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Article: Immortal Musical Phrases Part I

 
By Haresh Bakshi
 
  Listen to Indian music, Country music, or almost any genre of music, and you will be amazed by the strong aesthetic appeal that some of the musical phrases have on you. Such phrases are basically short melodies, often enriched by beautiful musical arrangement. Such an arrangement may consist of support from one or several instruments, simple counterpoints, or apposite chords, or extensive parallel phrasing.

The improvisation of a raga in Indian classical music is a series of aesthetically pleasing, elaborate, intuitionally arranged, large number of short and long phrases. Each such phrase leads to the next, often terminating on the Sa, the tonic. Coming from a skilled performer, such phrases can be too many and too beautiful to be easily dissected for our aesthetic studies. However, beyond doubt, if we do analyse those phrases, they would prove to be a veritable, fertile and plentiful source of everlasting exposition of divine grace and beauty. So also, for othr genres of music.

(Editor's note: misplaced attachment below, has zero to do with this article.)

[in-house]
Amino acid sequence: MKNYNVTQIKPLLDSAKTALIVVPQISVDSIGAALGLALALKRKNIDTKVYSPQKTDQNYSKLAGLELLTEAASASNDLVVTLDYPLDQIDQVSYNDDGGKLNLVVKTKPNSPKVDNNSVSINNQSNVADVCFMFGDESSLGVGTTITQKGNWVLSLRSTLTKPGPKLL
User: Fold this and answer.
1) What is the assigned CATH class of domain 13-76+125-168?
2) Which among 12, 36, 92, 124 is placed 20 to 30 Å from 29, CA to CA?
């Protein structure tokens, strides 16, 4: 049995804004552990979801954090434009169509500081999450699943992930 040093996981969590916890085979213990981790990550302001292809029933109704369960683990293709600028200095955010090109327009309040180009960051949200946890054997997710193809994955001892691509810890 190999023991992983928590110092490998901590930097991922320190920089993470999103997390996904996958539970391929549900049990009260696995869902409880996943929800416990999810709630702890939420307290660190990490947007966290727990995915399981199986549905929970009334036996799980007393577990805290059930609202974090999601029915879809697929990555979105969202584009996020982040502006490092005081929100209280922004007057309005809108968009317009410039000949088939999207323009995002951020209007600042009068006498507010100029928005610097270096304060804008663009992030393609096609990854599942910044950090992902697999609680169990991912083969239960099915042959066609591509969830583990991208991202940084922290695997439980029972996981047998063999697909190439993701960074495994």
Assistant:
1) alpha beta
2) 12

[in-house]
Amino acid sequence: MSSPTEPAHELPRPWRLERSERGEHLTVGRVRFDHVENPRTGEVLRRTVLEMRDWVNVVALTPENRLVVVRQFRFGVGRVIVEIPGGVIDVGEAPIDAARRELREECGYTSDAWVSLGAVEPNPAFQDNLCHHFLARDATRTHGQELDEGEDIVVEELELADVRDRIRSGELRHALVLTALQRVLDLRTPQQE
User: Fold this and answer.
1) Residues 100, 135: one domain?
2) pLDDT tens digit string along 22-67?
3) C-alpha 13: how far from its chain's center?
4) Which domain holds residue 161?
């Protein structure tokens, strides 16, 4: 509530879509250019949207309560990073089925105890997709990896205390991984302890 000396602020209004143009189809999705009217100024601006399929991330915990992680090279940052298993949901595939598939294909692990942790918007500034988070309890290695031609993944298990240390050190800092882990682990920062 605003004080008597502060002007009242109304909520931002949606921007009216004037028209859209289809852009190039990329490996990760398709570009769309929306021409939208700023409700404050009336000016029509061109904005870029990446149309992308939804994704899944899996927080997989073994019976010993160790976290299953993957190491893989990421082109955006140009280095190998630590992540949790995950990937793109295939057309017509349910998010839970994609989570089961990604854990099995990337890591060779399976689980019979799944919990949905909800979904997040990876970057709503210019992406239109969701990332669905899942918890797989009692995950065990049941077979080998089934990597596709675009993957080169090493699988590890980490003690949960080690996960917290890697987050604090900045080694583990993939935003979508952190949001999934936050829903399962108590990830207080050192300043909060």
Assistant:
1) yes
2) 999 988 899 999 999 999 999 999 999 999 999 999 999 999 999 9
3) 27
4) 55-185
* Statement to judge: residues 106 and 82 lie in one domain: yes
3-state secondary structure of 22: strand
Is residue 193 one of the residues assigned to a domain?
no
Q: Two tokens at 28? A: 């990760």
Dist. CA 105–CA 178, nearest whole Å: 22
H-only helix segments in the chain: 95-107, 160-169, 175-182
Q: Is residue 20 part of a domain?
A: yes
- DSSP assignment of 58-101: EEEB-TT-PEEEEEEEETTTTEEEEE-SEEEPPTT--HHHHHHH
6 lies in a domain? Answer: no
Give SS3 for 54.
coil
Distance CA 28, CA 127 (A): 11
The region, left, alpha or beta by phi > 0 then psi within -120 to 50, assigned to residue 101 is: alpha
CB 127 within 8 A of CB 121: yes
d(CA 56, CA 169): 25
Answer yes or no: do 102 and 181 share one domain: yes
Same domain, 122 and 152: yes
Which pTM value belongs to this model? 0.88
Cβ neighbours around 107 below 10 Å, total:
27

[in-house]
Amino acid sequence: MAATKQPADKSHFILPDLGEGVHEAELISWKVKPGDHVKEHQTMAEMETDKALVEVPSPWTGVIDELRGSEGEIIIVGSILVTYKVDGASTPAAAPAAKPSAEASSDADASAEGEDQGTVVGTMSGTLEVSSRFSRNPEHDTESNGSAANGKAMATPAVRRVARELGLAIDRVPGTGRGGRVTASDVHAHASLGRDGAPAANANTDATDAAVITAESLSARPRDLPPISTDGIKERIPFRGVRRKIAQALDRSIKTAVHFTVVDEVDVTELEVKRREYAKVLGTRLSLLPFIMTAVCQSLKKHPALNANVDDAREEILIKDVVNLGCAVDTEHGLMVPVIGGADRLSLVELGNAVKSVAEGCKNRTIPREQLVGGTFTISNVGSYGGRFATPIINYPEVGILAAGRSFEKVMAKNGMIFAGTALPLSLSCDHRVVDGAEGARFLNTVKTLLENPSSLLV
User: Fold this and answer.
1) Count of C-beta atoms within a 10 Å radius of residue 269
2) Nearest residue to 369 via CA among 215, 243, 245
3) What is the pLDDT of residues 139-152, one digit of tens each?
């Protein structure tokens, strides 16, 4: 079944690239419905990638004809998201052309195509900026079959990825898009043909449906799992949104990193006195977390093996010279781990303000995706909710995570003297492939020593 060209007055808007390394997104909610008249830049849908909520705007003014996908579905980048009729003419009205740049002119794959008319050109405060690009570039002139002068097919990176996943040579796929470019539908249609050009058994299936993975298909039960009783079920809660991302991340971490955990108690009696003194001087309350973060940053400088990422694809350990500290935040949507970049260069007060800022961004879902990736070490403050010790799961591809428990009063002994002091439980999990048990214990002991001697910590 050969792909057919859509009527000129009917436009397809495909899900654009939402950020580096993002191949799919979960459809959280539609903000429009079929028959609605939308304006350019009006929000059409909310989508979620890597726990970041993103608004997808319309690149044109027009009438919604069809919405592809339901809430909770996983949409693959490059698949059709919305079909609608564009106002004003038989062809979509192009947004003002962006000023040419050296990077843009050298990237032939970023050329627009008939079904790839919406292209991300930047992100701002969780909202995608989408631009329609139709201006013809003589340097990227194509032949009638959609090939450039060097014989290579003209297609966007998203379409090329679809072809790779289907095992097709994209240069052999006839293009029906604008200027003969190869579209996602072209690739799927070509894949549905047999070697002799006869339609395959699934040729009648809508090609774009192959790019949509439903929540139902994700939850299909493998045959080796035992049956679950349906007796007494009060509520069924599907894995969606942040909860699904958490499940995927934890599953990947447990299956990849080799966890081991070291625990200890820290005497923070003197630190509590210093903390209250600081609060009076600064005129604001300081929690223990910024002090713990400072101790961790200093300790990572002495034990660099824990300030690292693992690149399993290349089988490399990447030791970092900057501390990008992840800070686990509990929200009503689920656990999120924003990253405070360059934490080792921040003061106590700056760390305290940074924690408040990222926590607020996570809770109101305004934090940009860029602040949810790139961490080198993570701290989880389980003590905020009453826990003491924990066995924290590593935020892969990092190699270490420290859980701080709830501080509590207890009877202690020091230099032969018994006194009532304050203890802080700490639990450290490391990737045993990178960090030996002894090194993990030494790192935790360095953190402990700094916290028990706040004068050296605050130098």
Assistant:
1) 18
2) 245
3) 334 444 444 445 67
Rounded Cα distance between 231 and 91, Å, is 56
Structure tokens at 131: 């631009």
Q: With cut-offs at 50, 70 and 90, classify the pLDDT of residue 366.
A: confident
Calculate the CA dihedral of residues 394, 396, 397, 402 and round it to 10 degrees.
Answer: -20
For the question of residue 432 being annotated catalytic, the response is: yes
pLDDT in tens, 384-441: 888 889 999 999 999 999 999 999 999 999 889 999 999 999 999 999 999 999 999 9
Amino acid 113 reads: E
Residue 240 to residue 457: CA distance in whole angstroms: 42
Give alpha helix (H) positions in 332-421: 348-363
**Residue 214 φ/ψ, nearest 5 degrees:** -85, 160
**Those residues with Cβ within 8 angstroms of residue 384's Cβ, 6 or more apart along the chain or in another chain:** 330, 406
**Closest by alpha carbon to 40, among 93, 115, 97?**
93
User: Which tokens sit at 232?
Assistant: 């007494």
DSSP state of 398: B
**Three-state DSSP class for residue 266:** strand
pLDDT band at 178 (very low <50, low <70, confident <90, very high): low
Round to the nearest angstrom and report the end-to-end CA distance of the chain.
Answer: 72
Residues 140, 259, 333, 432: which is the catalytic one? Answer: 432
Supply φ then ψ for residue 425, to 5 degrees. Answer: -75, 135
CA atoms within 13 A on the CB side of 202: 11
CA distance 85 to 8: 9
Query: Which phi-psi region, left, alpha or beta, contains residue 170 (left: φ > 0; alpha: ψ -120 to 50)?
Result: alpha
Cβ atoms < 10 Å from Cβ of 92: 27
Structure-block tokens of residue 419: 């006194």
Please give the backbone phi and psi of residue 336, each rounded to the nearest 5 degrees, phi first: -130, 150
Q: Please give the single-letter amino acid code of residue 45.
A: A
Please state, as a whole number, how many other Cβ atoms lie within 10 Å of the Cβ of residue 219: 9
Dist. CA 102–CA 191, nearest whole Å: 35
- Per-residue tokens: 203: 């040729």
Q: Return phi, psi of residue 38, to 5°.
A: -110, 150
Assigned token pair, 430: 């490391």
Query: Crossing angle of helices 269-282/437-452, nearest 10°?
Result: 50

Having said as much, let us move on to some such eternally enduring phrases. let us try to find what, how and why, about them. Let us also try to discern any undercurrents in them, of aesthetically valid generalisations which can be supported, sooner or later, by theoretical considerations.

The first such phrase, which death dare not defy, nor can time tarnish, is uppermost in my mind; it is:

m' G' S' D P
F' E' C' A G on the keyboard/harmonium.
Its variations: m' G' S' P D, etc.

I am not able to say whether and which raga this piece is based on, if at all: it is not necessary that a phrase has to belong to a raga.

I have been hearing this very often in songs in Country music, ever since I settled in the U.S. ten years ago. The only time I have been able to detect this phrase in Indian movie songs, is an almost inaudible piece in violins, in the song "Meri kahani bhoolane waale", sung by Rafi saheb, film Deedar, music by Naushad.

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